My father is a farmer and we have more than half an acre of farm land which is ploughed by my father.

As usual, I started working at 0530 local time. Then I had my breakfast which was prepared by my mother who is normally preparing food for the whole family.

Although life has improved in recent years and we are happy, it still needs further improvement. I'm hopeful that the security situation will get better in the future.

I attended a literacy course and now I can read and write a little. If I studied I would have wanted to be a doctor or a teacher.

I am 30 years old and I have been a midwife for 10 years. I now work as a midwifery teacher in Bamiyan.

I live in quarters at the school where I teach. We get up early, have breakfast and by 0800 we begin teaching.

We train community midwives from five rural districts of Bamiyan. These are women are selected by their local community forum or council to become midwives and serve the local population.

These women have to be over 18 and they have to be married. Our oldest student is 40 years old.

This morning we all had breakfast together in the dining hall. Then my students went to hospital and right now they are in a clinical class, practising their skills on patients. We're waiting for them to come back to school so we can all have lunch.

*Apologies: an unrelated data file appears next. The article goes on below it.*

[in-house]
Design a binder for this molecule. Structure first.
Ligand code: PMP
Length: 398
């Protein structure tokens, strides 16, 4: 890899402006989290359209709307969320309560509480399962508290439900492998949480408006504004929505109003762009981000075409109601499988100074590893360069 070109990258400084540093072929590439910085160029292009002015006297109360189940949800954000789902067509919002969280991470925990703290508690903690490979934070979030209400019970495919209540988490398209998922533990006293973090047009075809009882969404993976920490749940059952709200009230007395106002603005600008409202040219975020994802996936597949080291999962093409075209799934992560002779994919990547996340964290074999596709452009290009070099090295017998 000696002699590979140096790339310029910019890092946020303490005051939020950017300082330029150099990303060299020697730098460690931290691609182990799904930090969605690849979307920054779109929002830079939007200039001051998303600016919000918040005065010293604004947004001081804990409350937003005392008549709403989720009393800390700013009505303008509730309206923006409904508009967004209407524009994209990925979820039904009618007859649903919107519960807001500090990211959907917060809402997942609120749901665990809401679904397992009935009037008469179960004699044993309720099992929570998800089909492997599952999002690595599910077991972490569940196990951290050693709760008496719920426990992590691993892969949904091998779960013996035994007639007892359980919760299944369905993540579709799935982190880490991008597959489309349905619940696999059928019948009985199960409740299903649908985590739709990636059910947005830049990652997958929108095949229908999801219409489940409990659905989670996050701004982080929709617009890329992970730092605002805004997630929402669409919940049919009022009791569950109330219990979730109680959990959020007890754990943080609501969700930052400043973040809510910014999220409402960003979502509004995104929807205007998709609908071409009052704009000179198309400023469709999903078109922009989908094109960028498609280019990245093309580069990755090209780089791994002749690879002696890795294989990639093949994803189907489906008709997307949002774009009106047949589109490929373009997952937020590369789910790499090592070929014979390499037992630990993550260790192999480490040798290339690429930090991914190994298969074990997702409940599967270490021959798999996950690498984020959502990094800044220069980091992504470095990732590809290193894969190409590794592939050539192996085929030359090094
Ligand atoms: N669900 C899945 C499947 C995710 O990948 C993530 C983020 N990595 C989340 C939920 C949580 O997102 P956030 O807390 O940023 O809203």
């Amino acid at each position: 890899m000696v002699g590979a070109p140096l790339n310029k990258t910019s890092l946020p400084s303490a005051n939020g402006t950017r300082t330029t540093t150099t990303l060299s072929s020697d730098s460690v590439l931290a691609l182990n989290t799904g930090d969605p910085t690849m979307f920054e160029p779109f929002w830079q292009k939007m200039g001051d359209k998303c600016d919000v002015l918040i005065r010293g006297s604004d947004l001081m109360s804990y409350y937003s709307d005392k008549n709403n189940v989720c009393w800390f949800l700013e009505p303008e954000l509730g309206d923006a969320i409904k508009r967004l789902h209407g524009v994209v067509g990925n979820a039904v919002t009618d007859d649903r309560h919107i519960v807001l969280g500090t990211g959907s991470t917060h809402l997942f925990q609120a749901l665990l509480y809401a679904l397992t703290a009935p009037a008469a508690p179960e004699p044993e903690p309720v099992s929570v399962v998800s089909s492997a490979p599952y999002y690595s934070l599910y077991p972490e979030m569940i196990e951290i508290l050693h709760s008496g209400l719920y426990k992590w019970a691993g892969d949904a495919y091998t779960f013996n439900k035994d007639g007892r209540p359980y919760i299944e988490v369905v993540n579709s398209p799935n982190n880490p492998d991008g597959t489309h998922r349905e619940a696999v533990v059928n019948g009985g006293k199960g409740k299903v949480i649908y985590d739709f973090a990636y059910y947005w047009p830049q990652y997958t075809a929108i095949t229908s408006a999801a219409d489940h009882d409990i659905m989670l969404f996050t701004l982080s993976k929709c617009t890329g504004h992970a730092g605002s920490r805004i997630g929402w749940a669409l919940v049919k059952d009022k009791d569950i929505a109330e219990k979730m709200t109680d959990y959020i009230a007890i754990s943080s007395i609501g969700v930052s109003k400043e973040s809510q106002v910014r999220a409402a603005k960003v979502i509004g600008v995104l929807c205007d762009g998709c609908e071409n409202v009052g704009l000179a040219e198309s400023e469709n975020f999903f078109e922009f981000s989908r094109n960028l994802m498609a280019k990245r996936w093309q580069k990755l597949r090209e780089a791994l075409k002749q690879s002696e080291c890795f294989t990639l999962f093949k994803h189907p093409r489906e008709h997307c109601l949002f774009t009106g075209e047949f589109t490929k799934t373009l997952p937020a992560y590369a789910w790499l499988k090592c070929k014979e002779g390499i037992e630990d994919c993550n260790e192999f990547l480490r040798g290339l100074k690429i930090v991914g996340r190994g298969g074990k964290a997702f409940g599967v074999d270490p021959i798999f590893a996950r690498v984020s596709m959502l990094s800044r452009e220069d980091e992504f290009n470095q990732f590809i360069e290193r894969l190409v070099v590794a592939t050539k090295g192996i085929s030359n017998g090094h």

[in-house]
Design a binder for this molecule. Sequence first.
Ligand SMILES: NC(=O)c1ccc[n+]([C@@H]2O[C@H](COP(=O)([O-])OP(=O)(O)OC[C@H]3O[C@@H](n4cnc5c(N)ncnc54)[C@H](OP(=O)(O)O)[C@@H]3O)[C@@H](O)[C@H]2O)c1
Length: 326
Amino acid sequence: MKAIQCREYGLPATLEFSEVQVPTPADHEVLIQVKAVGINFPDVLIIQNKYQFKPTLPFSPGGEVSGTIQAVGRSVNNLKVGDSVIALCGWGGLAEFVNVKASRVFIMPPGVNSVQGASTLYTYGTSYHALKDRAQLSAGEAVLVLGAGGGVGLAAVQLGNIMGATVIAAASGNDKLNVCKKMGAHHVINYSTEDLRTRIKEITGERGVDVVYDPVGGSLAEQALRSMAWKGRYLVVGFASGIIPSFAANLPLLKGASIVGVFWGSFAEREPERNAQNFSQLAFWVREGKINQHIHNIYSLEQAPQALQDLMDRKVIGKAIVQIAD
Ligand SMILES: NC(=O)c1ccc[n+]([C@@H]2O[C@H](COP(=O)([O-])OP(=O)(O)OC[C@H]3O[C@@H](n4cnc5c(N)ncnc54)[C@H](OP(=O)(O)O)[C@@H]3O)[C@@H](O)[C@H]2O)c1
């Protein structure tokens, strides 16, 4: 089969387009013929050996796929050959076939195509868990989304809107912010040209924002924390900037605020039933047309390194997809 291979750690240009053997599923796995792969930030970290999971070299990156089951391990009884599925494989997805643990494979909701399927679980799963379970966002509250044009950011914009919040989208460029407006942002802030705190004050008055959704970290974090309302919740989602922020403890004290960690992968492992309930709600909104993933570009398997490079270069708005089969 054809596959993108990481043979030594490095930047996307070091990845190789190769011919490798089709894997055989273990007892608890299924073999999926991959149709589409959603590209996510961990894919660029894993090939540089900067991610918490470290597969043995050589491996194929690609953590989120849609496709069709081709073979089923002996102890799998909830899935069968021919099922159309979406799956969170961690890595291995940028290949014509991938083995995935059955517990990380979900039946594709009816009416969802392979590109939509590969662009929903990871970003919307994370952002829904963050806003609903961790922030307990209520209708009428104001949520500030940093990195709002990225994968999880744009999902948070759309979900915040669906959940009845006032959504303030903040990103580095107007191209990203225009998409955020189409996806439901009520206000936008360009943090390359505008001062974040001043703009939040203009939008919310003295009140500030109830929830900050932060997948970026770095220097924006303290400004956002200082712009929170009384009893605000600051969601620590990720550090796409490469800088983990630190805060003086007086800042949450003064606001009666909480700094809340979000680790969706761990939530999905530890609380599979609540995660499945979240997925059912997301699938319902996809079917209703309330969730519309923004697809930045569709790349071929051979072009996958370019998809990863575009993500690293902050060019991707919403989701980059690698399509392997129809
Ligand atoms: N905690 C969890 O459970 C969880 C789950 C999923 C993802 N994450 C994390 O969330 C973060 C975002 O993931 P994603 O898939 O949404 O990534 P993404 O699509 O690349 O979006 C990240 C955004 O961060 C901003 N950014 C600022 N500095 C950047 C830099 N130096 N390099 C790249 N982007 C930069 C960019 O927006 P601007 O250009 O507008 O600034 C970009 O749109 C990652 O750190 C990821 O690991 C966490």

I have four sons and two daughters and live in Kabul. I enjoy being a singer and work for state TV and radio. But others do not like the job I do.

Abdul Hameedi Kandahari
Abdul Hameedi Kandahari feels unsupported

Government officials here don't like that I am a singer and there is no state help for me in my job. I need a place to rehearse and to work from, but those facilities are not available to me.

The salary is also very low and I think I should be paid more.

My eldest son has not followed me into this career and instead has become a driver.

I am hopeful that the situation will improve after the election. Security is better now but I fear that this is not the real situation and that things could get worse again.

My campaigning this morning was cancelled because of security concerns. Somebody had called me and invited me to go to a district outside of Kabul to campaign.

But many people here have advised me that it might not be safe to go simply on the basis of a phone invitation.